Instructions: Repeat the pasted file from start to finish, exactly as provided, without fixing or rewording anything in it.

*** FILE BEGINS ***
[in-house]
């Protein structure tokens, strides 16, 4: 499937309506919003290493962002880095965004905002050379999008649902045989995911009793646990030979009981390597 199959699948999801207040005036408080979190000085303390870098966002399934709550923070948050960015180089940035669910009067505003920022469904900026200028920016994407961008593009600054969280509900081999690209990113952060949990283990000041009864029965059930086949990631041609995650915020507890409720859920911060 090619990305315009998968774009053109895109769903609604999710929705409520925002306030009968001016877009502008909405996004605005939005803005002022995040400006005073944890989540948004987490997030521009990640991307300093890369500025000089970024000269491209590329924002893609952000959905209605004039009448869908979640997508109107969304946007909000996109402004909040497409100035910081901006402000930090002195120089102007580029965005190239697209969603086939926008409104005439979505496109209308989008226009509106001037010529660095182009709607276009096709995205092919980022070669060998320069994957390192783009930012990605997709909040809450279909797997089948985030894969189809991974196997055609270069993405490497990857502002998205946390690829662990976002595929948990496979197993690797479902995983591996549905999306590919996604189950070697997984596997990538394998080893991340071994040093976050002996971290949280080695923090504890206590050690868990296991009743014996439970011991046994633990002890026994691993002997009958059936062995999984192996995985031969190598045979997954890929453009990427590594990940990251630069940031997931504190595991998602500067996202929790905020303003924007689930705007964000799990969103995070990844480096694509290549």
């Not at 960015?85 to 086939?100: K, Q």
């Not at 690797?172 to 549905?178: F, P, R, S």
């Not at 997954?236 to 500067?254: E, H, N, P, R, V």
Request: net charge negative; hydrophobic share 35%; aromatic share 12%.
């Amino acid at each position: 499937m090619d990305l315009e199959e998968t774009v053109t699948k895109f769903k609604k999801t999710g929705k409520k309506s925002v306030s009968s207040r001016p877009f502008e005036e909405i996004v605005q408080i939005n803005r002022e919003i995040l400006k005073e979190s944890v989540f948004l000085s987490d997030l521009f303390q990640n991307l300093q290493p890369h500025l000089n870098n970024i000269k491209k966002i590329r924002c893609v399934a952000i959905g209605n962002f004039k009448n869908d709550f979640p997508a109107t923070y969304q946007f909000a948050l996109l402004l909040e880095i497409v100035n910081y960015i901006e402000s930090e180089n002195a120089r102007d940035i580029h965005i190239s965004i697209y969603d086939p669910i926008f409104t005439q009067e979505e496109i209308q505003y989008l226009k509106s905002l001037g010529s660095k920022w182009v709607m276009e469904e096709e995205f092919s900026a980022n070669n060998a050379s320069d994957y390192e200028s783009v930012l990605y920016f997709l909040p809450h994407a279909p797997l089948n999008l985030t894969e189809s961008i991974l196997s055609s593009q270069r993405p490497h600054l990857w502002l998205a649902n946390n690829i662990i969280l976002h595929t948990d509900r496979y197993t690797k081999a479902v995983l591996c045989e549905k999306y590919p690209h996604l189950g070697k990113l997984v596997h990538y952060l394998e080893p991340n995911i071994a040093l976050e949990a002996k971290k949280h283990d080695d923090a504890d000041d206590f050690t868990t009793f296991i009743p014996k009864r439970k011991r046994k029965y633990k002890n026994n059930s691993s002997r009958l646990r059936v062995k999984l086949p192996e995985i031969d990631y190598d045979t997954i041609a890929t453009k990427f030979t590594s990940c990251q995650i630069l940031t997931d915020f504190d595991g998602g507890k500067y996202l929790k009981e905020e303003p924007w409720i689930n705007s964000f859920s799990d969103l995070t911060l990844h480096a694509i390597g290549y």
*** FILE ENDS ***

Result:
[in-house]
């Protein structure tokens, strides 16, 4: 499937309506919003290493962002880095965004905002050379999008649902045989995911009793646990030979009981390597 199959699948999801207040005036408080979190000085303390870098966002399934709550923070948050960015180089940035669910009067505003920022469904900026200028920016994407961008593009600054969280509900081999690209990113952060949990283990000041009864029965059930086949990631041609995650915020507890409720859920911060 090619990305315009998968774009053109895109769903609604999710929705409520925002306030009968001016877009502008909405996004605005939005803005002022995040400006005073944890989540948004987490997030521009990640991307300093890369500025000089970024000269491209590329924002893609952000959905209605004039009448869908979640997508109107969304946007909000996109402004909040497409100035910081901006402000930090002195120089102007580029965005190239697209969603086939926008409104005439979505496109209308989008226009509106001037010529660095182009709607276009096709995205092919980022070669060998320069994957390192783009930012990605997709909040809450279909797997089948985030894969189809991974196997055609270069993405490497990857502002998205946390690829662990976002595929948990496979197993690797479902995983591996549905999306590919996604189950070697997984596997990538394998080893991340071994040093976050002996971290949280080695923090504890206590050690868990296991009743014996439970011991046994633990002890026994691993002997009958059936062995999984192996995985031969190598045979997954890929453009990427590594990940990251630069940031997931504190595991998602500067996202929790905020303003924007689930705007964000799990969103995070990844480096694509290549």
């Not at 960015?85 to 086939?100: K, Q």
């Not at 690797?172 to 549905?178: F, P, R, S």
């Not at 997954?236 to 500067?254: E, H, N, P, R, V």
Request: net charge negative; hydrophobic share 35%; aromatic share 12%.
């Amino acid at each position: 499937m090619d990305l315009e199959e998968t774009v053109t699948k895109f769903k609604k999801t999710g929705k409520k309506s925002v306030s009968s207040r001016p877009f502008e005036e909405i996004v605005q408080i939005n803005r002022e919003i995040l400006k005073e979190s944890v989540f948004l000085s987490d997030l521009f303390q990640n991307l300093q290493p890369h500025l000089n870098n970024i000269k491209k966002i590329r924002c893609v399934a952000i959905g209605n962002f004039k009448n869908d709550f979640p997508a109107t923070y969304q946007f909000a948050l996109l402004l909040e880095i497409v100035n910081y960015i901006e402000s930090e180089n002195a120089r102007d940035i580029h965005i190239s965004i697209y969603d086939p669910i926008f409104t005439q009067e979505e496109i209308q505003y989008l226009k509106s905002l001037g010529s660095k920022w182009v709607m276009e469904e096709e995205f092919s900026a980022n070669n060998a050379s320069d994957y390192e200028s783009v930012l990605y920016f997709l909040p809450h994407a279909p797997l089948n999008l985030t894969e189809s961008i991974l196997s055609s593009q270069r993405p490497h600054l990857w502002l998205a649902n946390n690829i662990i969280l976002h595929t948990d509900r496979y197993t690797k081999a479902v995983l591996c045989e549905k999306y590919p690209h996604l189950g070697k990113l997984v596997h990538y952060l394998e080893p991340n995911i071994a040093l976050e949990a002996k971290k949280h283990d080695d923090a504890d000041d206590f050690t868990t009793f296991i009743p014996k009864r439970k011991r046994k029965y633990k002890n026994n059930s691993s002997r009958l646990r059936v062995k999984l086949p192996e995985i031969d990631y190598d045979t997954i041609a890929t453009k990427f030979t590594s990940c990251q995650i630069l940031t997931d915020f504190d595991g998602g507890k500067y996202l929790k009981e905020e303003p924007w409720i689930n705007s964000f859920s799990d969103l995070t911060l990844h480096a694509i390597g290549y």